Friday, February 19, 2010

The Elements of User Experience

The Elements of User Experience would be an unassuming title for a book -- after all it's only dealing with the basics -- but for history. Strunk and White, of course, set the standard with The Elements of Style. Kernighan and Plauger sought to adapt the Elements approach to coding in The Elements of Programming Style. As I recall (and it's been a while), they largely succeeded.

Both books seek not merely to discuss the basics of their topic, but to prescribe clear, crisp rules. Strunk and White famously urged writers to "Omit needless words." Kernighan and Plauger tell us to "Let the data structure the program." An Elements book is not just an outline. It's meant to be authoritative.

Jesse James Garrett's The Elements of User Experience looks, at least at first glance, like another member of the family. Like the others, it is built from brief, declarative sentences organized into clear, coherent paragraphs. Like the others, it reads easily and quickly. Information flows directly from the page to your brain.

But as Garrett explains it, he didn't set out to write anything in the vein of Strunk and White. He picked the word "elements" out of a thesaurus as a better alternative to "components" for a diagram he had put up on the web. The name stuck, as names tend to do. This explains why unlike its predecessors, which read more like lists of precepts grouped under a variety of headings, Garrett's book is built very explicitly on an overarching thesis: that user experience can be understood on five planes -- strategy, scope, structure, skeleton and surface -- each more concrete than the last.

Strategy concerns the overall goal. Scope comprises the particular features meant to accomplish that goal. Structure is how the features relate to each other. The skeleton is the visual arrangement of the various UI elements and the surface is their particular appearance. You can't produce a coherent user experience without considering these, and furthermore, while you can certainly start work on one plane before completing work on the one below it, you shouldn't start working on, say, structure without at least having begun to consider strategy and scope, and you can't sensibly finish a later phase before finishing what comes before it.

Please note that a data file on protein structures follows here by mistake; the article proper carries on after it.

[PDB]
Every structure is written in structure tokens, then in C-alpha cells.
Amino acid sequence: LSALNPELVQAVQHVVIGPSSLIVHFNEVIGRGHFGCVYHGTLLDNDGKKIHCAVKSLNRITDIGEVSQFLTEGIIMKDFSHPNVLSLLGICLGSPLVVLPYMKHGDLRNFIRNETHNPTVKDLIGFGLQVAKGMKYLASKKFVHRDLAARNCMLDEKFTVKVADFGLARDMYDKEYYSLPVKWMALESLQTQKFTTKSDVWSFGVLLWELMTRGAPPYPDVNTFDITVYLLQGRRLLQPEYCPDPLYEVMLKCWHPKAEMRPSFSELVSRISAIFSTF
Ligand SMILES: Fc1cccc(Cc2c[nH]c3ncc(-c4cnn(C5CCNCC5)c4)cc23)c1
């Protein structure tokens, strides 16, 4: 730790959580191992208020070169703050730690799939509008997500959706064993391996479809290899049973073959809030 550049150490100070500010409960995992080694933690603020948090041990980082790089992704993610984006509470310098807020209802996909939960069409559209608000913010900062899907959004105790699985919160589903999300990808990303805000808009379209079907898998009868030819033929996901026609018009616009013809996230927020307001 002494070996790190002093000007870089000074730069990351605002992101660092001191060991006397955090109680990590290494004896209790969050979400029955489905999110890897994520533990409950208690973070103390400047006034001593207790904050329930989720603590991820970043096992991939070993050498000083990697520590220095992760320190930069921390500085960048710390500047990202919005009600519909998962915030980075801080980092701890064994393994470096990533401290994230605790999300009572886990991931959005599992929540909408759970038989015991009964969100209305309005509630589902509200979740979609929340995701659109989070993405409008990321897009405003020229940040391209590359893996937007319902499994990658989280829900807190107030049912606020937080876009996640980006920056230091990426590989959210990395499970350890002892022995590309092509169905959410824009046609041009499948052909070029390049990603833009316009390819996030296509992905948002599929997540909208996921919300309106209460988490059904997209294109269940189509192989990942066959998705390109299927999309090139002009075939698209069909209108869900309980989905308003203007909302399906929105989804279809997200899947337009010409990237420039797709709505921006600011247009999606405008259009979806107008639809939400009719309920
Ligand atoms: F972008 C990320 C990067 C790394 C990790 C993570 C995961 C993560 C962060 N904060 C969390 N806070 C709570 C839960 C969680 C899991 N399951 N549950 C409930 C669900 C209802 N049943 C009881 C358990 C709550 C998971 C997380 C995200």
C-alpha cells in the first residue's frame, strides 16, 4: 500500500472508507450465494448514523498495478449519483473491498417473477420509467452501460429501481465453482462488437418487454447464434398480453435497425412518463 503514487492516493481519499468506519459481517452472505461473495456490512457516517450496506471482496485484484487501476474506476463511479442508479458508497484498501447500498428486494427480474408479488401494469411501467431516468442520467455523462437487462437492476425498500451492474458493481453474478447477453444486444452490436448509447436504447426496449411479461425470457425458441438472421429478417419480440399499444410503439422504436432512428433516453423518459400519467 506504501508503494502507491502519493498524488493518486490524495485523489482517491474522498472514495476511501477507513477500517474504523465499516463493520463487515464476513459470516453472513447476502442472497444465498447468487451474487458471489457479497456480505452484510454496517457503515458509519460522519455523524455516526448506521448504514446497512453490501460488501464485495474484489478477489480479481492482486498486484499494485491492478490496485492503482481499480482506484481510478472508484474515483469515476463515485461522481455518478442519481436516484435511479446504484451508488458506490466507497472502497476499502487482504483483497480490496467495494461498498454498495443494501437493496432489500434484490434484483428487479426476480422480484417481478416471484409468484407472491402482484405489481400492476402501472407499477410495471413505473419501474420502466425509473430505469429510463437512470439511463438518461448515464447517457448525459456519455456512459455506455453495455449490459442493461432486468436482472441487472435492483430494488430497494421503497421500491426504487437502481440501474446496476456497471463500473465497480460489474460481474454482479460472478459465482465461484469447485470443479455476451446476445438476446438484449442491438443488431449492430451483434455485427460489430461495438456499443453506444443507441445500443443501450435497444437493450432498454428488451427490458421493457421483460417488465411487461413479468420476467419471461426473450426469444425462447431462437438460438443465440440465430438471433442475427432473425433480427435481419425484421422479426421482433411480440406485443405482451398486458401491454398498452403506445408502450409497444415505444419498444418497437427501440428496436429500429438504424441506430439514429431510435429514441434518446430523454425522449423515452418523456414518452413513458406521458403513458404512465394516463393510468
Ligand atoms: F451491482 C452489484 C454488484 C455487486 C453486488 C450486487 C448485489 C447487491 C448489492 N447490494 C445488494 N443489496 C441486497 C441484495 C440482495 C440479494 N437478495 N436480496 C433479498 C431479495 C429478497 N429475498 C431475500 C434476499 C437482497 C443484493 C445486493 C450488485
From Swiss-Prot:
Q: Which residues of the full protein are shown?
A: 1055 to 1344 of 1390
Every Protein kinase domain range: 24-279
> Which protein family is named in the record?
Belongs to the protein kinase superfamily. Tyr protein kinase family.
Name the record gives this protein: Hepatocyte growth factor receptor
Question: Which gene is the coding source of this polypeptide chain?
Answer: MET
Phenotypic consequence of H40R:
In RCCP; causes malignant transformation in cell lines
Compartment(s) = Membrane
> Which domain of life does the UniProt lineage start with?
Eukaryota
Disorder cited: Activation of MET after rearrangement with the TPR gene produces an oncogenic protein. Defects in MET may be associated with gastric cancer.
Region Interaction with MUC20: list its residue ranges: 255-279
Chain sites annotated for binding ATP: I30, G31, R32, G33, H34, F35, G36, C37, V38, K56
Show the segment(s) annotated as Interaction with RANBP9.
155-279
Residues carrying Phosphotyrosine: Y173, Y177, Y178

All this is very good stuff, and indeed there is useful insight on pretty much any page. What I deliberately haven't mentioned yet, leading into my one complaint about the book, is the subtitle: User-centered design for the web. Despite the broad reach of the main title, and the assertion in the introduction that "every product that is used by someone has a user experience," the book purports to be specifically about web site design. Thus the subtitle.

In one sense, the subtitle is right and the book is about web site design. The examples are all taken from web sites, and several of the planes are subdivided so as to consider a web site both as an application and as a web of information. This is no accident. Garrett is a web architect by profession and his original diagram came from trying to make sense of designing web sites.

Nonetheless, the book reads more as a study of how to design and construct nearly anything that people will use, that just happens to use web sites as a running example. That's not to say that there's nothing of particular use for web sites, only that most of the wisdom laid out is much more broadly applicable. I would certainly recommend this book to anyone setting out to produce a video game, or a monitoring tool, or a multi-media visitor center or perhaps even, to use one of Garrett's examples, a cardigan sweater.

By setting out to write User-centered Desing for the Web, and succeeding, Garrett has in fact produced The Elements of User Experience, with all the scope and authority that title implies. When the worst thing you can say about a book is that it's actually much more widely applicable than it claims to be, you know it's a good one. In the years since its publication (in 2003), The Elements of User Experience has received all kinds of good reviews. I can see why, and I'm happy to add my bit.

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